In this TED Talk, the writer Tim Harford, studies complex systems and finds that the most successful ones used the trial error method. He reminds us the quote: “Ever tried. Ever failed. No matter. Try Again. Fail again. Fail better”, and this is what Harford asks entrepreneurs, to start failing as soon as possible and to do it a lot because every success starts with a failure.

Steven Johnson: where good ideas come from?

 

Steven Johnson is an author of 7 books which became best-sellers, all of them a mix of science, technology and personal experiences. Johnson’s book “Where Good Ideas Come From: The Natural History of Innovation” goes deeper on the topic presented in this TED Talk. Entrepreneurs have a tendency in attributing to themselves their brilliant ideas, but Johnson explainsus why it isn’t so easy to heva truely successful ideas and making them reals.

Cameron Herold: Let’s raise kids to be entrepreneurs

 

Cameron Herold thinks that the weekly pays just teach kids wrong habits; usually, these habits teach them to wait for a regular pay, something that entrepreneurs will hardly receive. Herold has 2 kids and they don’t receive any weekly regular pay, he taught them to walk in their garden searching for something that needs to be done and then to negotiate the price. In his TED Talk, Harold defends a new model to educate girls and boys in a more natural way, which will help us raise our kids to be potential entrepreneurs.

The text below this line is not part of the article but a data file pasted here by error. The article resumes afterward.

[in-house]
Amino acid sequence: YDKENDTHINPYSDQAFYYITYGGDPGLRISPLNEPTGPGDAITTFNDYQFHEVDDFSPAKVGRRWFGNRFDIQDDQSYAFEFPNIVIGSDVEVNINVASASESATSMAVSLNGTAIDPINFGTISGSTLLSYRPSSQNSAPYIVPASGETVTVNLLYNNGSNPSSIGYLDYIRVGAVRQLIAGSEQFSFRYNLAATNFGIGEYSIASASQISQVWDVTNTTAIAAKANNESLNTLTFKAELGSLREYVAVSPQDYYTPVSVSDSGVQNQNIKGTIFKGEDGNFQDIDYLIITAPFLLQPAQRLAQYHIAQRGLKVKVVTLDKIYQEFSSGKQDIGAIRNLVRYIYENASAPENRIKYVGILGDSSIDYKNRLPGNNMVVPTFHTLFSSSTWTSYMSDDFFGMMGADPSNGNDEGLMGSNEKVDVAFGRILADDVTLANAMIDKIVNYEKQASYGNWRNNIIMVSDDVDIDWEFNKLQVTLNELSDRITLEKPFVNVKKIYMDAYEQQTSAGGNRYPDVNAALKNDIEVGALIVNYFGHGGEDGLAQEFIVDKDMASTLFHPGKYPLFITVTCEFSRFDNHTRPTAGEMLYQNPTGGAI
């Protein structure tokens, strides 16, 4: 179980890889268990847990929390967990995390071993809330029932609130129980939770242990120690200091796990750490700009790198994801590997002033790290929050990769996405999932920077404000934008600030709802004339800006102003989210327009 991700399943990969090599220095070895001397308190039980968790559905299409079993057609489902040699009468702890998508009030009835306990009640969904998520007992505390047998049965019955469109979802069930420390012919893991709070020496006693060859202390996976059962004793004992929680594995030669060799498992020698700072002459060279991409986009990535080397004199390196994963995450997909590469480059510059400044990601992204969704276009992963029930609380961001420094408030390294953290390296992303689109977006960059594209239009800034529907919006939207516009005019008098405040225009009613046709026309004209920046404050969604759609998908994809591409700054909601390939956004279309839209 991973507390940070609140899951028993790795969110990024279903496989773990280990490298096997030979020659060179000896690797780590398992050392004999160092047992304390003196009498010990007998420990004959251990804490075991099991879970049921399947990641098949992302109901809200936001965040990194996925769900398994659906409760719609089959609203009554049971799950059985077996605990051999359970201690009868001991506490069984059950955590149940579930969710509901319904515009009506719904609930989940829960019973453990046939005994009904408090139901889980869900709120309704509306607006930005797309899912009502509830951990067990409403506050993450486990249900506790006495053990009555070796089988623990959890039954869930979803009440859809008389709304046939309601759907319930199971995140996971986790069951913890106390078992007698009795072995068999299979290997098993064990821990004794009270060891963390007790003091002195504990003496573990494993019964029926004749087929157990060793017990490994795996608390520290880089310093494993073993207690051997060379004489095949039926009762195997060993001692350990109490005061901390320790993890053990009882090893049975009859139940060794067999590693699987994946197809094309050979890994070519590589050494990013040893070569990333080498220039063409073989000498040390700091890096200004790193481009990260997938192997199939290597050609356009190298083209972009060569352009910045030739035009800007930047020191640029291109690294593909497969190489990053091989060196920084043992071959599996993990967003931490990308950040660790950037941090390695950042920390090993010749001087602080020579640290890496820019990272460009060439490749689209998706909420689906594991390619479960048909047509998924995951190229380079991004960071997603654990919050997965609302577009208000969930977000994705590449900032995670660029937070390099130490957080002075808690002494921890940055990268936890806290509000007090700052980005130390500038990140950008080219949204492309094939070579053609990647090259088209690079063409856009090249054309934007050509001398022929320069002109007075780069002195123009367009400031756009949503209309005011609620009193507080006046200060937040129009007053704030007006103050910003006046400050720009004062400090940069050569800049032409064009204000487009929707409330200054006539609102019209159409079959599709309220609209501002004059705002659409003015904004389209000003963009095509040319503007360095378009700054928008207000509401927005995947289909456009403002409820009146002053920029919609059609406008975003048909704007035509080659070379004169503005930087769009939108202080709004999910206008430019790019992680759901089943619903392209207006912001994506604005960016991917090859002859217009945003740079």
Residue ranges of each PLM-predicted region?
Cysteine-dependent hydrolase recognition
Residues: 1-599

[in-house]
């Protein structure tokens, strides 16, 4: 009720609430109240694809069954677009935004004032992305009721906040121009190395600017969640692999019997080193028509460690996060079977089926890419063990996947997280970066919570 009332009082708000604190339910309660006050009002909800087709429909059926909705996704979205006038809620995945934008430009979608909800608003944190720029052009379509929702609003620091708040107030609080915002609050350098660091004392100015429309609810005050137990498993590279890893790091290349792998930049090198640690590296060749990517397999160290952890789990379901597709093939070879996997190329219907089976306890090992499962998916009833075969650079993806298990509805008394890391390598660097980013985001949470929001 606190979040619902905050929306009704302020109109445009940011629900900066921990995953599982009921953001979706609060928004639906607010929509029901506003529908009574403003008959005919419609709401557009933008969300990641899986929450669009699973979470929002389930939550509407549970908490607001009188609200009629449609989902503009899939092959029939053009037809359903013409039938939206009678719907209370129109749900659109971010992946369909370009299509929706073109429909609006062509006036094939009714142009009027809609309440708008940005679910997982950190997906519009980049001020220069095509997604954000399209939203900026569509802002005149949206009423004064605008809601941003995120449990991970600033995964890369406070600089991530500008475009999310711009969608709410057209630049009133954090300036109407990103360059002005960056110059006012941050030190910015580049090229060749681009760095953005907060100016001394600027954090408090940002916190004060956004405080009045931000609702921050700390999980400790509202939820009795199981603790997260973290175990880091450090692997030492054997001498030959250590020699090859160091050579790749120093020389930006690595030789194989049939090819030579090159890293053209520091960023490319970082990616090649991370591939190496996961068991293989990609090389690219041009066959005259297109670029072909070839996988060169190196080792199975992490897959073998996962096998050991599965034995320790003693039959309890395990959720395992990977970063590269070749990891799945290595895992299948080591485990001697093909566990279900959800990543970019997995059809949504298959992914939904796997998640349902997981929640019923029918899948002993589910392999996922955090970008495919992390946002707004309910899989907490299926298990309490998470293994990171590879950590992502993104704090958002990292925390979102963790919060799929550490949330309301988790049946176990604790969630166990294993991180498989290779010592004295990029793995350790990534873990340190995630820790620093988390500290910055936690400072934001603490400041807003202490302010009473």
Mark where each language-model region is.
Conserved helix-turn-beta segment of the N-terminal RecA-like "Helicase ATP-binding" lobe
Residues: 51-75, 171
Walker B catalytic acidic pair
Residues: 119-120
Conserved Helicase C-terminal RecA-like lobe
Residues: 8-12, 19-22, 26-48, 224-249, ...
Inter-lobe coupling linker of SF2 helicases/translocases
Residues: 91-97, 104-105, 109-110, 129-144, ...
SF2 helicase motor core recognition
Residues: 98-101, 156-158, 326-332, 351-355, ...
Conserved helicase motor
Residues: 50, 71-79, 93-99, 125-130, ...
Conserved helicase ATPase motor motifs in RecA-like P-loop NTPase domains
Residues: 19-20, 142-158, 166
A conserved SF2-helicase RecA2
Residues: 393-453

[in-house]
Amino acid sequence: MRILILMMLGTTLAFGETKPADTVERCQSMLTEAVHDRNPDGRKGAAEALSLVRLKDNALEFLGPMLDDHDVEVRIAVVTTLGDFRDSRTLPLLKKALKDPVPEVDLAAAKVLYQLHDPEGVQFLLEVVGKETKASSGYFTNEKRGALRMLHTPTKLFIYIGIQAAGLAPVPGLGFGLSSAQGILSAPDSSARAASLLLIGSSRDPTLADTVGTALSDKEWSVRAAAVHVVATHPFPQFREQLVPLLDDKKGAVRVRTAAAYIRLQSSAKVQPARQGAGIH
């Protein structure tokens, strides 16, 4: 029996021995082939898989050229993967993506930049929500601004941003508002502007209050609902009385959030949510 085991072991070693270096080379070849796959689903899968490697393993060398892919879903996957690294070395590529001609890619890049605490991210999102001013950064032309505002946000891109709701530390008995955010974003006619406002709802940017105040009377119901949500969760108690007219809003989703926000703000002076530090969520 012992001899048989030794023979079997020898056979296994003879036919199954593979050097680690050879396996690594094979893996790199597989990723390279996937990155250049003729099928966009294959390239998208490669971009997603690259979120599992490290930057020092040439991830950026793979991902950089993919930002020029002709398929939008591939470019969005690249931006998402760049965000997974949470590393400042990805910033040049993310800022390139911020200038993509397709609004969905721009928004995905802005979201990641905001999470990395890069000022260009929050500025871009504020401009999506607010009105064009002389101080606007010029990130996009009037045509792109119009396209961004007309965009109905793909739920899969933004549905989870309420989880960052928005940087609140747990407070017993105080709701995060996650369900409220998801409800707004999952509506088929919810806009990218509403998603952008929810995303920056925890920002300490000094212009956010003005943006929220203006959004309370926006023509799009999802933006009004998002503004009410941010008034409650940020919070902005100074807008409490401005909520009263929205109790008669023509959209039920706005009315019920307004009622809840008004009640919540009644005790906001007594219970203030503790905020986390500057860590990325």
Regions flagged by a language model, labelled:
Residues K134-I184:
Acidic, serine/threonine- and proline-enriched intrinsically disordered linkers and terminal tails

Cameron Herold is a real entrepreneur. He has been creating businesses since he was born – and then he created es 1-800-GOT-JUNK – and now he trains executive presidents worldwide. His book “Double Double: How to Double Your Revenue and Profit in 3 Years or Less” was launched last year and it is a great guide to create step by step your business.

Jason Fried: Why we don’t work in the office?

 

Lately, the office is seen as something stressing, full of evies, toxic meetings and thousand urgent things to do. So, the act of working is associated with having “not very good” experiences. That’s why Jason Fried believes that the office is not a good place to work. In his TED Talk he explains us these problems at work and suggests us 3 solutions to solve it.

Jason Fried is the co-founder and president of 37signals, a company that created web based productivity tools. Fried and David Heinemeier Hansson wrote the book REWORK, about new ways of conceptualize the work and the creative process.

Daniel Pink: the puzzle of motivation

 

Societies tend to habits, but many of hem aren’t usually not the best option. It is the case of motivations and rewards. We have the habit of motivating or rewarding in a very concrete and traditional way (money, for example), and maybe we are not analyzing enough something very basic for a company to work efficiently.

Daniel Pink best-sellers author, journalist and ex main editor of the Vice President of the United States Al Gore’s speeches. If you enjoy Pink’s TED Talk, take into a count two of his books:”Drive: The Surprising Truth About What Motivates Us” and “The Adventures of Johnny Bunko: The Last Career Guide You’ll Ever Need.”

 

Hope you liked the article and you got inspired by these TED Talks 🙂